Another modern irony is the name of the Godot-like poet who Wilder is supposed to welcome to the West. Clifford Evans pronounces the name as Vaclav Vicheck, although Czech-speakers assure me the name would be pronounced Vaclav Vitek. Mobbs claims to have “invented” Vitek, although it is more likely that he invented his journey to the West since it seems unlikely that even Wilder would have travelled to Prague if he’d learned that Vitek didn’t exist. To modern ears, the name calls to mind Vaclav Havel, the dissident poet and playwright who eventually became President of the Czech Republic after the fall of communism.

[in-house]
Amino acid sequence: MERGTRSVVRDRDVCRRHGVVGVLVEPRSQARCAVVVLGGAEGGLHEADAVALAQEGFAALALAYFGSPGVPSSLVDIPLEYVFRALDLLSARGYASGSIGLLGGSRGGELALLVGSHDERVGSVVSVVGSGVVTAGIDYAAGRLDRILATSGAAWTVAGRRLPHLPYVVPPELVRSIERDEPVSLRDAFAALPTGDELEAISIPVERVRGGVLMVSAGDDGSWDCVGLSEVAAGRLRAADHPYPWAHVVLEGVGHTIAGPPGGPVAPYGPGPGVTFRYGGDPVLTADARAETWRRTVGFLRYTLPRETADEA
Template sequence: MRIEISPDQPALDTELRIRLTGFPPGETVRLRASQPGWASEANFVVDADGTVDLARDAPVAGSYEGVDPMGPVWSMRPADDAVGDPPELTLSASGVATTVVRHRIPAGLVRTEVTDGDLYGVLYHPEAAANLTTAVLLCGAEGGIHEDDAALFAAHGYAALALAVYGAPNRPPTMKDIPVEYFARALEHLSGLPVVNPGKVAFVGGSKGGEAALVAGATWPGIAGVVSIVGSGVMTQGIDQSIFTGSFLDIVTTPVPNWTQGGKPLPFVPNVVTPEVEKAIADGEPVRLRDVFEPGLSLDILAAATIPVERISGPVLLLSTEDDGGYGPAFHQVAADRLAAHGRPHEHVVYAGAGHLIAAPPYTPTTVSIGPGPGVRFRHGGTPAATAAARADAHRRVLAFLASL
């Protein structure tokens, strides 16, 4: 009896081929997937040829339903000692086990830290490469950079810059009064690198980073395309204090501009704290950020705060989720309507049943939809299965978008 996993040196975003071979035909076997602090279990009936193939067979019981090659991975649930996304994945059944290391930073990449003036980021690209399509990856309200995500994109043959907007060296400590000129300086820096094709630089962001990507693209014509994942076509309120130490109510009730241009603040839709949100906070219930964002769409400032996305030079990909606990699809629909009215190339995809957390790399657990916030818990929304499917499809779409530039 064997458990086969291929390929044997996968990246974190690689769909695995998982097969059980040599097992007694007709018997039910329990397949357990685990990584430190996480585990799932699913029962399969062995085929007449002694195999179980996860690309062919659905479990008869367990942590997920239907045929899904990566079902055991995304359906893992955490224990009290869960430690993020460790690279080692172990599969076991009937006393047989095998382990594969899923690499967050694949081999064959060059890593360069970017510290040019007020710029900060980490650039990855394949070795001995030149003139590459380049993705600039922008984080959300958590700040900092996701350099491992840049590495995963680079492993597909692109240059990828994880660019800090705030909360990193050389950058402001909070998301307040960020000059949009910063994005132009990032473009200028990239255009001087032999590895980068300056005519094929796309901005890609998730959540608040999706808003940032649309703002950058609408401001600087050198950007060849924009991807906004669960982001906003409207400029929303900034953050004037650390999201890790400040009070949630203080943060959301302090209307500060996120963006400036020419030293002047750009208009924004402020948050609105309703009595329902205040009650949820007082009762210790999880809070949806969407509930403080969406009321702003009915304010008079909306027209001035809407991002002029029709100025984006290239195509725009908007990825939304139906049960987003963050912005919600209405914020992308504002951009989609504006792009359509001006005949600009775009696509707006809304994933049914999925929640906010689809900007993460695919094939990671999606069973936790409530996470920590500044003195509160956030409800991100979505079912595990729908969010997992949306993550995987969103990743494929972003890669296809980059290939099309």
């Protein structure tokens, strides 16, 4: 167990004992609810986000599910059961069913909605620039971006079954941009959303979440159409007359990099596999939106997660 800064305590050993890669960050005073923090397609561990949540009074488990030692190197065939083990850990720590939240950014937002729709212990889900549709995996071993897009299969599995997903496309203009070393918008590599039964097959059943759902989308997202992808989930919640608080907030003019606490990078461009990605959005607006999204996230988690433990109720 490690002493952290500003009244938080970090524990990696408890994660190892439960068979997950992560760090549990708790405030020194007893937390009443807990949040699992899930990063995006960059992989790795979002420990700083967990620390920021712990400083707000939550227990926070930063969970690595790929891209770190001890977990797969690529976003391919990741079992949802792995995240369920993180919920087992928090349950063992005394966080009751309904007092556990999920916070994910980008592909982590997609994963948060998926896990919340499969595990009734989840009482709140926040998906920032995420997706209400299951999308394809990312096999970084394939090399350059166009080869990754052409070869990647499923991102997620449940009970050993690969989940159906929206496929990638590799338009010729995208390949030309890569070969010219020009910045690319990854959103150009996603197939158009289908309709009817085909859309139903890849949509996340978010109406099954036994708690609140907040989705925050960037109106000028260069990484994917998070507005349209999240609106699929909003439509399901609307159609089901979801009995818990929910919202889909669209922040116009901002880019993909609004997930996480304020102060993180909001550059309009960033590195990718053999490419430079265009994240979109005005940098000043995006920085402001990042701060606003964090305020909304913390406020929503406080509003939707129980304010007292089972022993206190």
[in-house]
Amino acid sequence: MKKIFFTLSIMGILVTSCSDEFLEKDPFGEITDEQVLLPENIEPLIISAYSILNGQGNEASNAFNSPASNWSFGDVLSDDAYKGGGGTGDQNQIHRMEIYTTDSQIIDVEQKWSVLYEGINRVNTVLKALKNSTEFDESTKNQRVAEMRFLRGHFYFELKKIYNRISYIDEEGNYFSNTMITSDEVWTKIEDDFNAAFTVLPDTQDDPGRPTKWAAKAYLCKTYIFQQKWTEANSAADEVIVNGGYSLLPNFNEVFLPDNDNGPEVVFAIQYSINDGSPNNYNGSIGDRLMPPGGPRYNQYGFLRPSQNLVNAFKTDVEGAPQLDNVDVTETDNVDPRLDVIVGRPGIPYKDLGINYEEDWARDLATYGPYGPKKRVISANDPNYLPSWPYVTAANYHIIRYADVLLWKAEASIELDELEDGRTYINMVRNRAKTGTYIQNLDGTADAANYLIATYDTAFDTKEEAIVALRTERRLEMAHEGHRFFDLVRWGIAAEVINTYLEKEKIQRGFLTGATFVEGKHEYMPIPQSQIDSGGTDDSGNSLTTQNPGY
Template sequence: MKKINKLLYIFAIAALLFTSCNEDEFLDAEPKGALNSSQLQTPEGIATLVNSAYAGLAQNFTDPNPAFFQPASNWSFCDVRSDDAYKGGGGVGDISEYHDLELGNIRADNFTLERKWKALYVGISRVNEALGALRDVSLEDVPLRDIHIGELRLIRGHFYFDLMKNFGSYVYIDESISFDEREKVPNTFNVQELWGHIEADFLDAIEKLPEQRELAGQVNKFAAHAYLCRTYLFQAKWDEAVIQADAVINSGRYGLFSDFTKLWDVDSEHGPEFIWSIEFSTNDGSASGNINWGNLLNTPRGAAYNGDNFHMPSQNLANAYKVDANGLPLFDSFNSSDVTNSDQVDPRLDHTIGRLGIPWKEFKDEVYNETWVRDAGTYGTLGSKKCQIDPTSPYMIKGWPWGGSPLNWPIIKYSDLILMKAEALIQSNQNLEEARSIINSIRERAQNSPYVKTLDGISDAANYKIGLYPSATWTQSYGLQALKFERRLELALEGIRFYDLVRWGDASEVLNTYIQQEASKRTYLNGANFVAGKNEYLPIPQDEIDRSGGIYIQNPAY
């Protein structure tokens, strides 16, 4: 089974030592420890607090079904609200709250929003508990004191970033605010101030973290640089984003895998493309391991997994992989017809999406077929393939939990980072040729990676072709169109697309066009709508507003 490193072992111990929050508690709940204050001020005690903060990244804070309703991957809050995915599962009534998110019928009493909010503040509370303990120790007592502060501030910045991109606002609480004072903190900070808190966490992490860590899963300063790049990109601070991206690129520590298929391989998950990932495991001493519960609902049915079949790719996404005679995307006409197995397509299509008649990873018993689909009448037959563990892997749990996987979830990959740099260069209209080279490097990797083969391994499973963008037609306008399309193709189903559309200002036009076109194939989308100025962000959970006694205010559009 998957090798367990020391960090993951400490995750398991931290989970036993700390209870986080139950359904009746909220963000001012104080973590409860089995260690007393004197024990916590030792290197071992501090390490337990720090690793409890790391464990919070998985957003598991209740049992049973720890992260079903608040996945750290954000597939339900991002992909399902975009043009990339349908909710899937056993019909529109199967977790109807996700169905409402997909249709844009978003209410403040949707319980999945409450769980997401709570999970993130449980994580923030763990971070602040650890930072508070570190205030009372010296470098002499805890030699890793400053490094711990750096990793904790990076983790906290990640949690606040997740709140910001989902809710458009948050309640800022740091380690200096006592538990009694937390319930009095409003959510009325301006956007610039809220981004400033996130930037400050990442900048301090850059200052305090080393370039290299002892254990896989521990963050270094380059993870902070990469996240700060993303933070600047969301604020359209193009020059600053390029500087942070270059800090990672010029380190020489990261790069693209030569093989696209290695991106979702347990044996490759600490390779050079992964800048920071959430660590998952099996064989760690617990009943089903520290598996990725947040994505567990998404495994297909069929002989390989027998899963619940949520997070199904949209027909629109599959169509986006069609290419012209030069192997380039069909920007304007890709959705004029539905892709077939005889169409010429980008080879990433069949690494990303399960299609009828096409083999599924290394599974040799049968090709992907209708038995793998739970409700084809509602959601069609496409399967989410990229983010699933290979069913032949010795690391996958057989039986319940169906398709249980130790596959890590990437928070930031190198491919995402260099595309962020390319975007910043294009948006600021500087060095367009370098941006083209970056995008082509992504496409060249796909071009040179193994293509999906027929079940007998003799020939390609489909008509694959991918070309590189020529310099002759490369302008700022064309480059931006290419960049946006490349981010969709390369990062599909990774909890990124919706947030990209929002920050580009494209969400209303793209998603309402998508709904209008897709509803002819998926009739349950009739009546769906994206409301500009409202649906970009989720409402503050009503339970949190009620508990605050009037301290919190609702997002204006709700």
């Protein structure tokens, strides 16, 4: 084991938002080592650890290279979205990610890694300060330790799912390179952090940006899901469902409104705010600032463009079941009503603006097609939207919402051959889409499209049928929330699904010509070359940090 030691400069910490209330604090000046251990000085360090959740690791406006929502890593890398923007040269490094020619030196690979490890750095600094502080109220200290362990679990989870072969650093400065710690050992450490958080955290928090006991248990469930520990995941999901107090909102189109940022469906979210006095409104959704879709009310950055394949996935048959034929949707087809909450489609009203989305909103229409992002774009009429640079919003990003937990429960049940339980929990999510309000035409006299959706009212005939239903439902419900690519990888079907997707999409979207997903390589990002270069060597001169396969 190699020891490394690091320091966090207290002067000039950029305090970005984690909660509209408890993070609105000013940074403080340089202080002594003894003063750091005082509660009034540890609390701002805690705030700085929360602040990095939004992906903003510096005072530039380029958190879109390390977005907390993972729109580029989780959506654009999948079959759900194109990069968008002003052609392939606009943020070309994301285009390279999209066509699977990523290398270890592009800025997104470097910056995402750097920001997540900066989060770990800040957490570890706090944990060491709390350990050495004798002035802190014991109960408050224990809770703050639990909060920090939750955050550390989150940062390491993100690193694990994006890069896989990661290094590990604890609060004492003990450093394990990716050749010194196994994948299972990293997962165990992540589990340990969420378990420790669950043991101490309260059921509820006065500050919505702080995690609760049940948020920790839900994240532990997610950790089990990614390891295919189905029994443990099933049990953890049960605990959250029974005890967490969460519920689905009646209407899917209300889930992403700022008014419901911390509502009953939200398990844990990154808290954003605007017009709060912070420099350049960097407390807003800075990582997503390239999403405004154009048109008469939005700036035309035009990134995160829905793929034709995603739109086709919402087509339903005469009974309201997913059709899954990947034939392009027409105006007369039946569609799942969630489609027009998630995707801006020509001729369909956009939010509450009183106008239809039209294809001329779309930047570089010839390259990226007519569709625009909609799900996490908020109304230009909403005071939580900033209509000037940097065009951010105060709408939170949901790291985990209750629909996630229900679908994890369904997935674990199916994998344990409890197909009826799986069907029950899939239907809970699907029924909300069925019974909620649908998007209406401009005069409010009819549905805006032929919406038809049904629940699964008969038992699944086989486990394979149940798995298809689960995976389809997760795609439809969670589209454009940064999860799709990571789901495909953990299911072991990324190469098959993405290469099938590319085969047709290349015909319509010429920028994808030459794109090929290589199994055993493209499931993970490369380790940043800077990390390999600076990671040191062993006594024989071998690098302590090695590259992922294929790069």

A very entertaining episode which expands the sexual tension between Dowling and Pamela, and allows Patrick Wymark and Clifford Evans to exchange some silky sarcasm over the right way to deal with a cigar band. Michael Aldridge dominates the episode as Mobbs and if – at the end – it all seems to be Much Ado About Nothing – that’s probably the point..
*Extending the irony, Rex Firkin the original producer of the “The Power Game” was involved in abortive attempt in the mid-1970’s to adapt the Le Carre novel for London Weekend Television.
Return to The Power Game main page